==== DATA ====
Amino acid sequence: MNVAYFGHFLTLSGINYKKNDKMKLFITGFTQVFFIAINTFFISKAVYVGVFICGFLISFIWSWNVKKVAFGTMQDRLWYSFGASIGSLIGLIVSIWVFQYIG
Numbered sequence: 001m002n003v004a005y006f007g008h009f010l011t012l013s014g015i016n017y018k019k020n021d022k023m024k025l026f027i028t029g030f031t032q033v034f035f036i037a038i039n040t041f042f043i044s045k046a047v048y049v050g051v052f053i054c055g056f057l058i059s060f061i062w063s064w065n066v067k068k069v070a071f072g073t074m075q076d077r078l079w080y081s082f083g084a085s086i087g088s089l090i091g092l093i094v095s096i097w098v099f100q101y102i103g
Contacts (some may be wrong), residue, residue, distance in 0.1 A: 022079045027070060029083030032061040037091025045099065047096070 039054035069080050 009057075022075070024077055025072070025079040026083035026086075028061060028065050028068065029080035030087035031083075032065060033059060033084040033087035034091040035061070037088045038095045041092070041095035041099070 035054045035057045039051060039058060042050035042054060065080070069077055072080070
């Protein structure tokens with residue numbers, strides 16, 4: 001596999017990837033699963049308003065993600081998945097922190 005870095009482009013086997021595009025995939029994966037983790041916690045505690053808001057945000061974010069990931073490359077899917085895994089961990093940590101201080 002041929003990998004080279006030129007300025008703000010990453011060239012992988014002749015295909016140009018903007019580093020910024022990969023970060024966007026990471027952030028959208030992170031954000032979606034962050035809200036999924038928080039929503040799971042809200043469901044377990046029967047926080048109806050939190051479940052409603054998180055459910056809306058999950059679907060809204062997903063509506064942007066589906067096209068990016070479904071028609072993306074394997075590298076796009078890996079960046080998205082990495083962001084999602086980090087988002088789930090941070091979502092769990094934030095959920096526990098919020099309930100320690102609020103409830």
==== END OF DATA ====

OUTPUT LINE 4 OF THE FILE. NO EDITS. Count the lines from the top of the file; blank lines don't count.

């Protein structure tokens with residue numbers, strides 16, 4: 001596999017990837033699963049308003065993600081998945097922190 005870095009482009013086997021595009025995939029994966037983790041916690045505690053808001057945000061974010069990931073490359077899917085895994089961990093940590101201080 002041929003990998004080279006030129007300025008703000010990453011060239012992988014002749015295909016140009018903007019580093020910024022990969023970060024966007026990471027952030028959208030992170031954000032979606034962050035809200036999924038928080039929503040799971042809200043469901044377990046029967047926080048109806050939190051479940052409603054998180055459910056809306058999950059679907060809204062997903063509506064942007066589906067096209068990016070479904071028609072993306074394997075590298076796009078890996079960046080998205082990495083962001084999602086980090087988002088789930090941070091979502092769990094934030095959920096526990098919020099309930100320690102609020103409830």